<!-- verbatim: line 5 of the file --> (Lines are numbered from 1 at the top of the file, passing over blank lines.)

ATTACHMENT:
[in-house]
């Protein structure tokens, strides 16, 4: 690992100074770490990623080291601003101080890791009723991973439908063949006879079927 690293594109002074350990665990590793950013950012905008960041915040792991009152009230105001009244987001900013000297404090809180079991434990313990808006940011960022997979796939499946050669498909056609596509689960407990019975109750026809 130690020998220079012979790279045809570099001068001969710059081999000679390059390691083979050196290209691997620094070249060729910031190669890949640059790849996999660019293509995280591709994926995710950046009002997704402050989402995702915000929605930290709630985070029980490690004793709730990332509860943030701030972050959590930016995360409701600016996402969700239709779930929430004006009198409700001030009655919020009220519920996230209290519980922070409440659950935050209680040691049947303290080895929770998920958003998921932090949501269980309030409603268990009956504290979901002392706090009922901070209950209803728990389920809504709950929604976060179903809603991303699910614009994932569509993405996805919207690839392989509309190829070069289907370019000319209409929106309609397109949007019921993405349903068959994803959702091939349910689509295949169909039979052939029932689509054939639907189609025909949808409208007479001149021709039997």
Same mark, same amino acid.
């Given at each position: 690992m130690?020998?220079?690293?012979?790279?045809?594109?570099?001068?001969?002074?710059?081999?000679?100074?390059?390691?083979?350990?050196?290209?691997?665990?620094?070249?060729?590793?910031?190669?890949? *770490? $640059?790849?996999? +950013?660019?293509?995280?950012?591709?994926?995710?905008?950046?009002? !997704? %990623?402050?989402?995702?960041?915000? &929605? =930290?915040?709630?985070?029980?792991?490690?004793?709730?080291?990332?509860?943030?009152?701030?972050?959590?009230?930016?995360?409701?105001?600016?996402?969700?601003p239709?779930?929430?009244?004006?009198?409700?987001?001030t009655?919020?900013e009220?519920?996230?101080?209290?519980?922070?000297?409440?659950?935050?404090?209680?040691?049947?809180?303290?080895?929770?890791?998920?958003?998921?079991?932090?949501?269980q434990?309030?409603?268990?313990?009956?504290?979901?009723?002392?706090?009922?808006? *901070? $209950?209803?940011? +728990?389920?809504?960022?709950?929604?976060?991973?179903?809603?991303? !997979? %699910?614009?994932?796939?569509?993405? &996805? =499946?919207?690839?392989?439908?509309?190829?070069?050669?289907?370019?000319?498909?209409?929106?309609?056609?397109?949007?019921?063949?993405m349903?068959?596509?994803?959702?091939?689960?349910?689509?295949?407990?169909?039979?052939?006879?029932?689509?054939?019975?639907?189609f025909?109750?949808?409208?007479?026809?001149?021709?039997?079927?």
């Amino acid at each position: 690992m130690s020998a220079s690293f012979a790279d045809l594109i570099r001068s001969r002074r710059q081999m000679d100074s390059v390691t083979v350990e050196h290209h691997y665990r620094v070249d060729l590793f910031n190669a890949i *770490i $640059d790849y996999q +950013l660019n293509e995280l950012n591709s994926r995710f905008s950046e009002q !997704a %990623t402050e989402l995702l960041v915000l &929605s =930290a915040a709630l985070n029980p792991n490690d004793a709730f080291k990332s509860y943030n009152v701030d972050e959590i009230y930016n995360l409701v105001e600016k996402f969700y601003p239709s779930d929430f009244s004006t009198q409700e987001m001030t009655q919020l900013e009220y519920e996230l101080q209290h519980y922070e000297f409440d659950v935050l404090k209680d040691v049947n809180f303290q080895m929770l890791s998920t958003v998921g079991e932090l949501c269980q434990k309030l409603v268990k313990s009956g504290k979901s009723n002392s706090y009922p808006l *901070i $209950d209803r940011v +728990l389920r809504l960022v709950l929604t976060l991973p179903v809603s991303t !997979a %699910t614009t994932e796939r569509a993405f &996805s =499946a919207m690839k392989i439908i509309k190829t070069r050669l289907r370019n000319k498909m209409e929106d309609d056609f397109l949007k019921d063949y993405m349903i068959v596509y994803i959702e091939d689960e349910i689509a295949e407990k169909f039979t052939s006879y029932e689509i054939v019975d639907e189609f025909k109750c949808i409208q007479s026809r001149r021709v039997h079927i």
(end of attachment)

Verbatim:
């Amino acid at each position: 690992m130690s020998a220079s690293f012979a790279d045809l594109i570099r001068s001969r002074r710059q081999m000679d100074s390059v390691t083979v350990e050196h290209h691997y665990r620094v070249d060729l590793f910031n190669a890949i *770490i $640059d790849y996999q +950013l660019n293509e995280l950012n591709s994926r995710f905008s950046e009002q !997704a %990623t402050e989402l995702l960041v915000l &929605s =930290a915040a709630l985070n029980p792991n490690d004793a709730f080291k990332s509860y943030n009152v701030d972050e959590i009230y930016n995360l409701v105001e600016k996402f969700y601003p239709s779930d929430f009244s004006t009198q409700e987001m001030t009655q919020l900013e009220y519920e996230l101080q209290h519980y922070e000297f409440d659950v935050l404090k209680d040691v049947n809180f303290q080895m929770l890791s998920t958003v998921g079991e932090l949501c269980q434990k309030l409603v268990k313990s009956g504290k979901s009723n002392s706090y009922p808006l *901070i $209950d209803r940011v +728990l389920r809504l960022v709950l929604t976060l991973p179903v809603s991303t !997979a %699910t614009t994932e796939r569509a993405f &996805s =499946a919207m690839k392989i439908i509309k190829t070069r050669l289907r370019n000319k498909m209409e929106d309609d056609f397109l949007k019921d063949y993405m349903i068959v596509y994803i959702e091939d689960e349910i689509a295949e407990k169909f039979t052939s006879y029932e689509i054939v019975d639907e189609f025909k109750c949808i409208q007479s026809r001149r021709v039997h079927i």